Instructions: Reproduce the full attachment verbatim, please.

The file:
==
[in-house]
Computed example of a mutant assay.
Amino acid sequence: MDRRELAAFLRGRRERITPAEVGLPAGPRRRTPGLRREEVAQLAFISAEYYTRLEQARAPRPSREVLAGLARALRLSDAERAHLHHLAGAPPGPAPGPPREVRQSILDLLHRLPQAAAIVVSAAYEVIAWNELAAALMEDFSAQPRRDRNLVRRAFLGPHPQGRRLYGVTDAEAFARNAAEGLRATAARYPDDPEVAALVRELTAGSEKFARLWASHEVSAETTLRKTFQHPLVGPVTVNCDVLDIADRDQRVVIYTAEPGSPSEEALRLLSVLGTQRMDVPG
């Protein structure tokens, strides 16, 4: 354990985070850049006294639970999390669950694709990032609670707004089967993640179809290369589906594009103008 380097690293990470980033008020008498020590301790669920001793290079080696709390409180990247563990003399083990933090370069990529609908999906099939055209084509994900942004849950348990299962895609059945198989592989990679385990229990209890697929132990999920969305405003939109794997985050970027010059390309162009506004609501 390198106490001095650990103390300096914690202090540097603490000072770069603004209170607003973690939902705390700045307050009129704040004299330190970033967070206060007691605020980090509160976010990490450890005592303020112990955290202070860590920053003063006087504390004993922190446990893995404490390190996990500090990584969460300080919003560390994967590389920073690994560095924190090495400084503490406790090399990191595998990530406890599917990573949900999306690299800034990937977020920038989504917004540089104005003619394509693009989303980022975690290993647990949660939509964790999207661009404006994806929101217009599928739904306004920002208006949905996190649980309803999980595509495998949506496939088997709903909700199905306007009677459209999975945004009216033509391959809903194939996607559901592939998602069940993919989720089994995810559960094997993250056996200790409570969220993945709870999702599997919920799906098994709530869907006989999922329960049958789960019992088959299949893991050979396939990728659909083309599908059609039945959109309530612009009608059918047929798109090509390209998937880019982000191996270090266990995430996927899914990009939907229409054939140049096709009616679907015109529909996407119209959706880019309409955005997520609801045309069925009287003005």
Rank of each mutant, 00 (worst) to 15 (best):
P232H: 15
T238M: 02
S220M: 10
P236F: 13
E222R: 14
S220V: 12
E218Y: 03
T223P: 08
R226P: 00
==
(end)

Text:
[in-house]
Computed example of a mutant assay.
Amino acid sequence: MDRRELAAFLRGRRERITPAEVGLPAGPRRRTPGLRREEVAQLAFISAEYYTRLEQARAPRPSREVLAGLARALRLSDAERAHLHHLAGAPPGPAPGPPREVRQSILDLLHRLPQAAAIVVSAAYEVIAWNELAAALMEDFSAQPRRDRNLVRRAFLGPHPQGRRLYGVTDAEAFARNAAEGLRATAARYPDDPEVAALVRELTAGSEKFARLWASHEVSAETTLRKTFQHPLVGPVTVNCDVLDIADRDQRVVIYTAEPGSPSEEALRLLSVLGTQRMDVPG
């Protein structure tokens, strides 16, 4: 354990985070850049006294639970999390669950694709990032609670707004089967993640179809290369589906594009103008 380097690293990470980033008020008498020590301790669920001793290079080696709390409180990247563990003399083990933090370069990529609908999906099939055209084509994900942004849950348990299962895609059945198989592989990679385990229990209890697929132990999920969305405003939109794997985050970027010059390309162009506004609501 390198106490001095650990103390300096914690202090540097603490000072770069603004209170607003973690939902705390700045307050009129704040004299330190970033967070206060007691605020980090509160976010990490450890005592303020112990955290202070860590920053003063006087504390004993922190446990893995404490390190996990500090990584969460300080919003560390994967590389920073690994560095924190090495400084503490406790090399990191595998990530406890599917990573949900999306690299800034990937977020920038989504917004540089104005003619394509693009989303980022975690290993647990949660939509964790999207661009404006994806929101217009599928739904306004920002208006949905996190649980309803999980595509495998949506496939088997709903909700199905306007009677459209999975945004009216033509391959809903194939996607559901592939998602069940993919989720089994995810559960094997993250056996200790409570969220993945709870999702599997919920799906098994709530869907006989999922329960049958789960019992088959299949893991050979396939990728659909083309599908059609039945959109309530612009009608059918047929798109090509390209998937880019982000191996270090266990995430996927899914990009939907229409054939140049096709009616679907015109529909996407119209959706880019309409955005997520609801045309069925009287003005």
Rank of each mutant, 00 (worst) to 15 (best):
P232H: 15
T238M: 02
S220M: 10
P236F: 13
E222R: 14
S220V: 12
E218Y: 03
T223P: 08
R226P: 00